Since its founding just before the Civil War, the Republican Party has been a bastion of primary Protestant morality. But in the late 20th century, it also became the party of many conservative white Catholics and evangelical Protestants attracted to the group’s conservative positions on abortion, sex and religion in public life.
As a result, some of the party platform statements appear to be taken directly from the work of thoughtful conservative Christian scholars. The platform, for example, states that “children raised in a two-parent household tend to be healthier physically and emotionally, more likely to do well in school, less likely to use drugs and alcohol, commit crimes or become pregnant outside of marriage. .”
But while the Democratic and Republican parties were both shaped by Christian principles, they also distorted Christian truths, which means that believers who become staunch supporters risk confusing heresy with Christian doctrine.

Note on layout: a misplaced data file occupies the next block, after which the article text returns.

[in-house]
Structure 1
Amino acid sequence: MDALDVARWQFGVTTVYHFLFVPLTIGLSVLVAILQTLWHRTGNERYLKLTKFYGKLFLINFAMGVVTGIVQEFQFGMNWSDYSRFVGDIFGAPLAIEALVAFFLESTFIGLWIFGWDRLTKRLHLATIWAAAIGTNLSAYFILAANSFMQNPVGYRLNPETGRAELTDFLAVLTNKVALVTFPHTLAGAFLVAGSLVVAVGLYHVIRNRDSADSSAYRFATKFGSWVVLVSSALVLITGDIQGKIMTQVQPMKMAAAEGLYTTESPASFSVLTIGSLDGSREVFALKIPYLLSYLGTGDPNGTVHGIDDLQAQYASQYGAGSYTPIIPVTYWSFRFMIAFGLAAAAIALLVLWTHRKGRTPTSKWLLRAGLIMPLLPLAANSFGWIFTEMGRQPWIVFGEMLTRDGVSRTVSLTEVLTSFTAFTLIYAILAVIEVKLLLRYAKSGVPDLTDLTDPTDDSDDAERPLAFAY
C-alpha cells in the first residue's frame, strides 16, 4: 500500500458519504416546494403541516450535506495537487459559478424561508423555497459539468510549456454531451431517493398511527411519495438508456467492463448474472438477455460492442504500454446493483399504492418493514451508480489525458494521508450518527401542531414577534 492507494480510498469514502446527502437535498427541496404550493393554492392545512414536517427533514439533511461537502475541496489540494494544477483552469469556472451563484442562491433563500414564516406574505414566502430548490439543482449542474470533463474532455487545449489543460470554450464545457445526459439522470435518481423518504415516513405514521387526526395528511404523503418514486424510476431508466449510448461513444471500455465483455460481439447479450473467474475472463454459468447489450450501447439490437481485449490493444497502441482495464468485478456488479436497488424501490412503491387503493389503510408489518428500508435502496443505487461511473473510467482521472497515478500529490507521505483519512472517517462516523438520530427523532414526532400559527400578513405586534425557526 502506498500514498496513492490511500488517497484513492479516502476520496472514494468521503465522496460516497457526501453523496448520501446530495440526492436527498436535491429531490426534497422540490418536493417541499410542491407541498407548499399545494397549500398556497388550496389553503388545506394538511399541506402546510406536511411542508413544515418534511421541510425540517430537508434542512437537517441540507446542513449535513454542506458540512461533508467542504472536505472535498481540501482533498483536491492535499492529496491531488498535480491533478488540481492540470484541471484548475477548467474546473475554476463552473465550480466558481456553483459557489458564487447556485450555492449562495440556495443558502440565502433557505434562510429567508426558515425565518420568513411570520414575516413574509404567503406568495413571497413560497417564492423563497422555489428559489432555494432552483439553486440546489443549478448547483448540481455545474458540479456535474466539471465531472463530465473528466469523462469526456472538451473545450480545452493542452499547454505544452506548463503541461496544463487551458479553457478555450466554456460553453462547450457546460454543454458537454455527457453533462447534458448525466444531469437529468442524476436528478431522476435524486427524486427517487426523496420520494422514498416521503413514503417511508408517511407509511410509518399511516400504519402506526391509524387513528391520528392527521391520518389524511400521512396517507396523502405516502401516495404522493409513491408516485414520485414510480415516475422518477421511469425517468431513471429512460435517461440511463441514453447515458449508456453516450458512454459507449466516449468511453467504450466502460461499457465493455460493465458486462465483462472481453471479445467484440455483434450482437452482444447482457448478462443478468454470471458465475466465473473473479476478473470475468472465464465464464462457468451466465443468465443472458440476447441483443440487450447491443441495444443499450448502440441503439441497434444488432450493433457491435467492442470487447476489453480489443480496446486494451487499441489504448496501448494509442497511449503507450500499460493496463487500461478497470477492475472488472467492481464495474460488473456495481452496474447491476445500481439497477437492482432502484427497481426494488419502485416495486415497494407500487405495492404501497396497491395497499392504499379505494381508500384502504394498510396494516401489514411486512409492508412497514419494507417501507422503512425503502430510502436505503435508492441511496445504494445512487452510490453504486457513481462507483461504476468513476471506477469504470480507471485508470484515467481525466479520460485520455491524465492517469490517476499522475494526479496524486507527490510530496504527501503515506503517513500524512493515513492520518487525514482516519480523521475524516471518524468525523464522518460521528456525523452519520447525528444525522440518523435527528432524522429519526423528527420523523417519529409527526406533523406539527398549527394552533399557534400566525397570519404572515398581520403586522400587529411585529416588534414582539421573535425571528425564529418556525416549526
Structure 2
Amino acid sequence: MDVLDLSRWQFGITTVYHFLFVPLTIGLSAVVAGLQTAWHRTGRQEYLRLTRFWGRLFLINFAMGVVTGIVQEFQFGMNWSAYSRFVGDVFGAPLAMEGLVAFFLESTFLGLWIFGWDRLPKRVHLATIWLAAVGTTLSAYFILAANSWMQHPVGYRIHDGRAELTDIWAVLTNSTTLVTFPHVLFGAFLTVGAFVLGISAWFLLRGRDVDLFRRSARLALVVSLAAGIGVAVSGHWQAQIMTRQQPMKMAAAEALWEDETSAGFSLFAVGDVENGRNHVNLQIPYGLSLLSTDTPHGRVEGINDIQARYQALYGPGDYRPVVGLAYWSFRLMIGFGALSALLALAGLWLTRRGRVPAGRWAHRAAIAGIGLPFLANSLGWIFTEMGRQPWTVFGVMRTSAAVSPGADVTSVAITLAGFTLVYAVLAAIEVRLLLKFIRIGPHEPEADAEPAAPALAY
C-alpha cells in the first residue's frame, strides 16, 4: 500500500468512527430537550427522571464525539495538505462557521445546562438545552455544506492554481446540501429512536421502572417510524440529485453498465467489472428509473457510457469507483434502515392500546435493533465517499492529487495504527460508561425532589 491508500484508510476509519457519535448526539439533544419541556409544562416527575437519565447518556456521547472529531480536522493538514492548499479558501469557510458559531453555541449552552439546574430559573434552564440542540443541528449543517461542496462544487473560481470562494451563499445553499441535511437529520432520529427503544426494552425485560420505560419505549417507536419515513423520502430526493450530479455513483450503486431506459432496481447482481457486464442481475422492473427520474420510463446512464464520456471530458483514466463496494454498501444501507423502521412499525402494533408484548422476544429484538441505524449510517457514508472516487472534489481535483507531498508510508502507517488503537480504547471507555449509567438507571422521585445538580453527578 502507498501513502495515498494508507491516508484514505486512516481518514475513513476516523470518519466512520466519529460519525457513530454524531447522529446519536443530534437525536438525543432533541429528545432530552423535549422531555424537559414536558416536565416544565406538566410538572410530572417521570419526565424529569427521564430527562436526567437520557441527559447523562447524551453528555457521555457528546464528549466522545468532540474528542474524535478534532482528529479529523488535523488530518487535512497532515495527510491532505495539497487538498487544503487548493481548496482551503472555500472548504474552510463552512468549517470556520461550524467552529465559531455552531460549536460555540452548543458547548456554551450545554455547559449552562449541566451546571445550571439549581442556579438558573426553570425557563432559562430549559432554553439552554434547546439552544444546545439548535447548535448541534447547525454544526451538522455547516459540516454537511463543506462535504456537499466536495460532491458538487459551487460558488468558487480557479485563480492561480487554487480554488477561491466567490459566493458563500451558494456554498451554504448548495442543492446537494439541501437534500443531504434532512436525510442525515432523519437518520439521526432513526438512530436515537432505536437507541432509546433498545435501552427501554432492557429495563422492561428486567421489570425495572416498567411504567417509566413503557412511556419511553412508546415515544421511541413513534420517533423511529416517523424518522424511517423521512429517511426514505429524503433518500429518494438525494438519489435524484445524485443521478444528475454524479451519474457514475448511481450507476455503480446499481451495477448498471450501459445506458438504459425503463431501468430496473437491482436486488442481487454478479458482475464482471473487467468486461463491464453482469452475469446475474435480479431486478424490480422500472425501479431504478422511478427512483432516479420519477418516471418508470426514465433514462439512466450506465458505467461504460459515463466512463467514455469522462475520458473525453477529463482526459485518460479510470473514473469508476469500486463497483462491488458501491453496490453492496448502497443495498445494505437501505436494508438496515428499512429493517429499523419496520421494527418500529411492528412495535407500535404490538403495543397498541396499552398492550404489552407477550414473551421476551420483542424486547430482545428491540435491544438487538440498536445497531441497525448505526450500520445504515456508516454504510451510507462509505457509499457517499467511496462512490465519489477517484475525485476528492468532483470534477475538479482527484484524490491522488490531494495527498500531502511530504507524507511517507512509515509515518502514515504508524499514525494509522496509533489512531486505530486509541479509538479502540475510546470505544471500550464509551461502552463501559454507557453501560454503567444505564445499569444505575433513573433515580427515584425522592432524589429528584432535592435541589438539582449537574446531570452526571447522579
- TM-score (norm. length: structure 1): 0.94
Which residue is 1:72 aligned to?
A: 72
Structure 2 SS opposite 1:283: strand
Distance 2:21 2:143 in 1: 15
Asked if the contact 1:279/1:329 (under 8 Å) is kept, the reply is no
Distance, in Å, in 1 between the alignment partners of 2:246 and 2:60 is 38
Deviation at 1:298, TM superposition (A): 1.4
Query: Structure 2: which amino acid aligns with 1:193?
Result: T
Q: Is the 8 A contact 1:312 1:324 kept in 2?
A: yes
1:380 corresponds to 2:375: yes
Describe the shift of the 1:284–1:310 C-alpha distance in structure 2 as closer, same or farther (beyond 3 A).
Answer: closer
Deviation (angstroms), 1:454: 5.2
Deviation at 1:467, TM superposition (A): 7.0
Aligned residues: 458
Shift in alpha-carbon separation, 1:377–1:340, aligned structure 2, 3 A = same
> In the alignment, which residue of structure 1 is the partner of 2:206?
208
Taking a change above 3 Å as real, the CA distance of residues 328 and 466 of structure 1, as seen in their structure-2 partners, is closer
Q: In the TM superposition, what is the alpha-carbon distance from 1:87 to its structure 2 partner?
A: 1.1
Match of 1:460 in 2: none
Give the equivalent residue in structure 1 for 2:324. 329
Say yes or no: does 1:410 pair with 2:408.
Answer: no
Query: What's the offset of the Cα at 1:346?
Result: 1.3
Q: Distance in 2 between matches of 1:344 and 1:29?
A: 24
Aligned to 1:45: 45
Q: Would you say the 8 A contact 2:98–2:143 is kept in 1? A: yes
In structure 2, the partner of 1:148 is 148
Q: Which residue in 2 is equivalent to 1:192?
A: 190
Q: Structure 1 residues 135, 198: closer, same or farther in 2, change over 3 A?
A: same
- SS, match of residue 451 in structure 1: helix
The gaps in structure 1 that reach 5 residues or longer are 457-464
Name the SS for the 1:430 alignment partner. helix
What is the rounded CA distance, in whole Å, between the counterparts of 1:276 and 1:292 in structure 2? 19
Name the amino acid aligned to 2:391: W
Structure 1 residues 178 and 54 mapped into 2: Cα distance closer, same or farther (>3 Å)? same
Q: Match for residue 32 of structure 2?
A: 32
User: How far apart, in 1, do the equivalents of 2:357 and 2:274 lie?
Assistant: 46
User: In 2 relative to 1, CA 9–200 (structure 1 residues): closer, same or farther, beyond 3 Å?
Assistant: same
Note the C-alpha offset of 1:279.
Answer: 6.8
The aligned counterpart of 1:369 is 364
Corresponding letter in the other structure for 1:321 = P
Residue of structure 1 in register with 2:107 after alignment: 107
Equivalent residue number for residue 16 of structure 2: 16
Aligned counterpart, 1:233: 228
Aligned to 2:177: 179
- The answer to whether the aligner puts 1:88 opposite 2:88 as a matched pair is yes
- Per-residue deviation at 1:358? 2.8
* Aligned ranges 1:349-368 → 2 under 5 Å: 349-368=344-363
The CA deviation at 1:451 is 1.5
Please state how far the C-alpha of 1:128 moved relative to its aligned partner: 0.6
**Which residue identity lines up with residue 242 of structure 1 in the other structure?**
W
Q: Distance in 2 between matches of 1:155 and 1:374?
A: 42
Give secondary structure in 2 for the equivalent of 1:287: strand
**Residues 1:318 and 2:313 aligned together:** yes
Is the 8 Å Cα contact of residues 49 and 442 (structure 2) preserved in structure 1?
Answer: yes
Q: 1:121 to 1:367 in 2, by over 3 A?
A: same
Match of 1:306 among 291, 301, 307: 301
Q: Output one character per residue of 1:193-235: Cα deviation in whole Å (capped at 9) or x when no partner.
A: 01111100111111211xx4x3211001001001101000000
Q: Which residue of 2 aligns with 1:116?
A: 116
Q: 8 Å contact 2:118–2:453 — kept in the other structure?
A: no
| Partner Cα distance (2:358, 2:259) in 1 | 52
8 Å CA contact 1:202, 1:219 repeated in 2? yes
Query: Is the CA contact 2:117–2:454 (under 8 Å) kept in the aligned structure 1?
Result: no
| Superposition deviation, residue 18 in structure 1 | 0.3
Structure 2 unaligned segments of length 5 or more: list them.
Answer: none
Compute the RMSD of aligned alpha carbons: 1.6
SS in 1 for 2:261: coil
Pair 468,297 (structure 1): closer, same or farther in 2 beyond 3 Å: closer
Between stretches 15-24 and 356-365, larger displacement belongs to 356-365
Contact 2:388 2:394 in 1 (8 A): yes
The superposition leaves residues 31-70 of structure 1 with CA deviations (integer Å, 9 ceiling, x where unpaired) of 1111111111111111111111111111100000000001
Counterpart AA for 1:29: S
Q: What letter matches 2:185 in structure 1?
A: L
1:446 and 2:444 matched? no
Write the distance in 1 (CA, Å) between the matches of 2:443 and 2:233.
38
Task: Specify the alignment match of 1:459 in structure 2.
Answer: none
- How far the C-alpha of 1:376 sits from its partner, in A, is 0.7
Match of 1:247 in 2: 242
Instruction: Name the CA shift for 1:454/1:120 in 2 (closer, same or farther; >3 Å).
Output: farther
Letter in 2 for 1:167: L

The Democratic Party’s strong commitment to pluralism and equality, for example, has led the party to adopt strong affirmations of abortion rights, same-sex marriage, and other LGBTQ rights that cannot be reconciled with the historical Christian orthodoxy.
And the Republican Party’s invocations of God are coupled with numerous claims to American military might, American exceptionalism, gun rights, and the moral imperative of a growth-friendly (less progressive) tax code than some Christians disputed.